Fresh out of the studio, Island Apollo has an important summer ahead. Their single “Hold It Down” landed on Spotify’s New Noise playlist, quite an accomplishment for an unsigned artist, and is the first of several set to be released over the coming months. Yet even though the song was recorded in Seattle, Island Apollo’s soul and sound are pure Southern California.
“We like to picture our music as California beaches at night where the palm trees are burning,” keyboardist Austin Farmer explained, and a bright California disposition follows Island Apollo wherever they go. “Hold It Down” is catchy even before the first verse kicks in, while older songs “Miracle” and “Lion Eyes,” the latter now the theme of the PBS concert series Landmarks Live, have no problem getting audiences to dance. If the Beach Boys are surf party music, Island Apollo is party surf.
After winning Best Pop Artist at the OC Music Awards in 2014 (when they were still called the Bolts), stylistic comparisons to Orange County success story Young the Giant aren’t far off-base, and the five-piece has already had songs appear on Fox Sports, CBS, VH1, KROQ and a commercial with supermodel Kate Upton. The hope is the new material, recorded with producer Eric Lilavois (Saint Motel, Atlas Genius), will build buzz throughout the summer and allow Island Apollo to take the next step.
Farmer, the youngest of three brothers in the group, talked to Behind the Setlist more about Island Apollo’s background, the California music scene, what it was like working on the new songs, and plans for the future. This interview had been edited for length and clarity.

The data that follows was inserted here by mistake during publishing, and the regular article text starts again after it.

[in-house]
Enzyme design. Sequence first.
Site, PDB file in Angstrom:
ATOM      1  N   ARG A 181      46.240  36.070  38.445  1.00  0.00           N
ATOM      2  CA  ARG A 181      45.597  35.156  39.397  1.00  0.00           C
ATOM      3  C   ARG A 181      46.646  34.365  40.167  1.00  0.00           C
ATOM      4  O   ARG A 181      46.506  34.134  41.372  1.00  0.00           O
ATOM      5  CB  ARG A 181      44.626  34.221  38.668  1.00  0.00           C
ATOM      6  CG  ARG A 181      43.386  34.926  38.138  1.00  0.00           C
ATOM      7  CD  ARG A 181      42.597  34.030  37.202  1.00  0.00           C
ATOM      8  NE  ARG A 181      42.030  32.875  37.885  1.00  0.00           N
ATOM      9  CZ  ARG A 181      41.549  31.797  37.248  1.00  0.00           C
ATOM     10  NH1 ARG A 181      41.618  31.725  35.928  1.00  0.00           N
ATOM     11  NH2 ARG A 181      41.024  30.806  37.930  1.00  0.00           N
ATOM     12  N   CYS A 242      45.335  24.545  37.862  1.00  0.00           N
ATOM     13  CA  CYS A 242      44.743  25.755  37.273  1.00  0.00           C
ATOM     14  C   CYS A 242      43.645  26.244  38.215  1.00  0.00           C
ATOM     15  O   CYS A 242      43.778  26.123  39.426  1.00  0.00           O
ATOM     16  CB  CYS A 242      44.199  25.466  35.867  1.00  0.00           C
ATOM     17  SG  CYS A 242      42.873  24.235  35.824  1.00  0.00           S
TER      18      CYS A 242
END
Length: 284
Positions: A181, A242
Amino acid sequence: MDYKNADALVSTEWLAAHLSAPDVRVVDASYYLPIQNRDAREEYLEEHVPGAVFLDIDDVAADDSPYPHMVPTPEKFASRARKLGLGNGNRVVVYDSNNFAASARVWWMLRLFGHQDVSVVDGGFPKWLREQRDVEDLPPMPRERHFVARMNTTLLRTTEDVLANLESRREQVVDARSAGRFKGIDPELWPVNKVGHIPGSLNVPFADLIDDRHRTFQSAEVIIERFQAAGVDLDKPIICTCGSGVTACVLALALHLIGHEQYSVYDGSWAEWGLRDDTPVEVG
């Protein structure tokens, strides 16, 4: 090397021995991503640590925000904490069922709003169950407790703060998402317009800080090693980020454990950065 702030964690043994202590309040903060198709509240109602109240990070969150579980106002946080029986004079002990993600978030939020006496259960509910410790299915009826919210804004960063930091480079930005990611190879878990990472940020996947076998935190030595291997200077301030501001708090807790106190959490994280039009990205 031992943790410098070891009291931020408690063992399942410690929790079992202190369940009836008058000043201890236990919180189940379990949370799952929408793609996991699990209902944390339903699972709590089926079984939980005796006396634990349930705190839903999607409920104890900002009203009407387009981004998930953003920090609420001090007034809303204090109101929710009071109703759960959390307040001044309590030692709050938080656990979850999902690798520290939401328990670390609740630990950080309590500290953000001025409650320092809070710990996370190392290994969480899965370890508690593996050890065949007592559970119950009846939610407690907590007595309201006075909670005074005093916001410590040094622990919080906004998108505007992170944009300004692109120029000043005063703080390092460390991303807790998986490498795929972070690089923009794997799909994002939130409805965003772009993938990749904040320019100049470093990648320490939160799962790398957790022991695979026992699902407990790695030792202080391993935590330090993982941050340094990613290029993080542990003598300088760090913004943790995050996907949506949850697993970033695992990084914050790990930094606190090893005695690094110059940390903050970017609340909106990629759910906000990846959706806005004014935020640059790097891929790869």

Let’s start with the name, Island Apollo. Where does that come from?
We formed the band name off of a weird phenomenon in Long Beach, where there are oil rigs designed like fake islands and each island is named after an Apollo astronaut. Heath came up with that name thinking, “How strange is it that there’s an oil rig disguised with fake palm trees and artificial sand?” We thought Island Apollo was a cool name to show California culture, and how sometimes there’s a little facade over what you think is real.
How did you start playing together?
Growing up, Addam, Heath, Ryan and I actually took our first guitar lesson together. Back then, my hands were too small to fit around the neck of the guitar. So they got really good at guitar and I was just trying to keep up. I was literally physically unable to play the chords they were playing.
We used to play a lot of church services and one of Addam’s old music directors needed a bassist. Addam had no clue how to play, but the director said, “You’re playing the guitar, one note at a time.” I made the switch to piano because I was really into synth sounds and wanted to do some piano and singing. Having Ryan sing naturally happened as well, and it all fell into place. We’d been playing music for years together and finally decided Island Apollo was the outlet for that music.
Did growing up in Southern California, with KROQ and the whole industry right in your backyard, make it seem like music careers were a real possibility?
I think we’re in the right place where the scene is always going. There are a few select cities across the U.S. where there’s always a band playing, with local music and a real community. For a lot of musicians who don’t have a central hub to meet other musicians and artists, it feels a lot more daunting and difficult to try to break into the music industry. Down here, there’s a community of artists and musicians always trying to look out for each other, and that’s special.
What was the writing process like for “Hold It Down?”